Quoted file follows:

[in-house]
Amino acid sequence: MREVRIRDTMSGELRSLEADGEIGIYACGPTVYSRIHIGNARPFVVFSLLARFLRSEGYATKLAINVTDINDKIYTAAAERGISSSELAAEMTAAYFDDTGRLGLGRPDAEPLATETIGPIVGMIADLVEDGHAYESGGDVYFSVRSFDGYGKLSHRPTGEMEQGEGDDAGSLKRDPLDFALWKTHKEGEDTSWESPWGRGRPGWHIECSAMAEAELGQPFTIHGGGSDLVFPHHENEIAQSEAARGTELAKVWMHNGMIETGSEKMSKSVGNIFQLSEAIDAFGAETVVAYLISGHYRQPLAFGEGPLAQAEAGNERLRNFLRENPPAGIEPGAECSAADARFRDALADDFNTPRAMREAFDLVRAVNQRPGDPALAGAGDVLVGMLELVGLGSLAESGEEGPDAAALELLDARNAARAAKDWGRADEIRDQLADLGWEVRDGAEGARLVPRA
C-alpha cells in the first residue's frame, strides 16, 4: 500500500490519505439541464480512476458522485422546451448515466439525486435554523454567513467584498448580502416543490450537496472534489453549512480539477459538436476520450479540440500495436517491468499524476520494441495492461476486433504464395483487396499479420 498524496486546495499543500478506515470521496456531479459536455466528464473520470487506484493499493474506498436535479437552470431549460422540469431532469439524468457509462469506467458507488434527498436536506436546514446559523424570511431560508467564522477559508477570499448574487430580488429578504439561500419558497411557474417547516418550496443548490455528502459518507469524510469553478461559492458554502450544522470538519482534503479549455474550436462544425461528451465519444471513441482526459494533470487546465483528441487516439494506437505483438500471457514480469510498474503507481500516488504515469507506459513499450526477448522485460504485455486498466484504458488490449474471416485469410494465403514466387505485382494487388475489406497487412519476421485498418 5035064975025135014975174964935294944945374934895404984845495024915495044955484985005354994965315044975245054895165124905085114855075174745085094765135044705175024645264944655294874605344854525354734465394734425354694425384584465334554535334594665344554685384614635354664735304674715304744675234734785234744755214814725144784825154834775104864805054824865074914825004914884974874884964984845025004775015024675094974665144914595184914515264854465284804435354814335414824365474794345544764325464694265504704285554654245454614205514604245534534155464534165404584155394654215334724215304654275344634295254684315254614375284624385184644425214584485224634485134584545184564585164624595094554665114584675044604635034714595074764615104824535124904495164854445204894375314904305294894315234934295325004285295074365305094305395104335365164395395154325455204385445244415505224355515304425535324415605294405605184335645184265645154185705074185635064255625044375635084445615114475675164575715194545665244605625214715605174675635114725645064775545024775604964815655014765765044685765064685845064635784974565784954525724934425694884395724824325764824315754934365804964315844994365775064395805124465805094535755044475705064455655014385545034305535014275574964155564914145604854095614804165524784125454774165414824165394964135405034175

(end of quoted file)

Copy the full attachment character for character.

[in-house]
Amino acid sequence: MREVRIRDTMSGELRSLEADGEIGIYACGPTVYSRIHIGNARPFVVFSLLARFLRSEGYATKLAINVTDINDKIYTAAAERGISSSELAAEMTAAYFDDTGRLGLGRPDAEPLATETIGPIVGMIADLVEDGHAYESGGDVYFSVRSFDGYGKLSHRPTGEMEQGEGDDAGSLKRDPLDFALWKTHKEGEDTSWESPWGRGRPGWHIECSAMAEAELGQPFTIHGGGSDLVFPHHENEIAQSEAARGTELAKVWMHNGMIETGSEKMSKSVGNIFQLSEAIDAFGAETVVAYLISGHYRQPLAFGEGPLAQAEAGNERLRNFLRENPPAGIEPGAECSAADARFRDALADDFNTPRAMREAFDLVRAVNQRPGDPALAGAGDVLVGMLELVGLGSLAESGEEGPDAAALELLDARNAARAAKDWGRADEIRDQLADLGWEVRDGAEGARLVPRA
C-alpha cells in the first residue's frame, strides 16, 4: 500500500490519505439541464480512476458522485422546451448515466439525486435554523454567513467584498448580502416543490450537496472534489453549512480539477459538436476520450479540440500495436517491468499524476520494441495492461476486433504464395483487396499479420 498524496486546495499543500478506515470521496456531479459536455466528464473520470487506484493499493474506498436535479437552470431549460422540469431532469439524468457509462469506467458507488434527498436536506436546514446559523424570511431560508467564522477559508477570499448574487430580488429578504439561500419558497411557474417547516418550496443548490455528502459518507469524510469553478461559492458554502450544522470538519482534503479549455474550436462544425461528451465519444471513441482526459494533470487546465483528441487516439494506437505483438500471457514480469510498474503507481500516488504515469507506459513499450526477448522485460504485455486498466484504458488490449474471416485469410494465403514466387505485382494487388475489406497487412519476421485498418 5035064975025135014975174964935294944945374934895404984845495024915495044955484985005354994965315044975245054895165124905085114855075174745085094765135044705175024645264944655294874605344854525354734465394734425354694425384584465334554535334594665344554685384614635354664735304674715304744675234734785234744755214814725144784825154834775104864805054824865074914825004914884974874884964984845025004775015024675094974665144914595184914515264854465284804435354814335414824365474794345544764325464694265504704285554654245454614205514604245534534155464534165404584155394654215334724215304654275344634295254684315254614375284624385184644425214584485224634485134584545184564585164624595094554665114584675044604635034714595074764615104824535124904495164854445204894375314904305294894315234934295325004285295074365305094305395104335365164395395154325455204385445244415505224355515304425535324415605294405605184335645184265645154185705074185635064255625044375635084445615114475675164575715194545665244605625214715605174675635114725645064775545024775604964815655014765765044685765064685845064635784974565784954525724934425694884395724824325764824315754934365804964315844994365775064395805124465805094535755044475705064455655014385545034305535014275574964155564914145604854095614804165524784125454774165414824165394964135405034175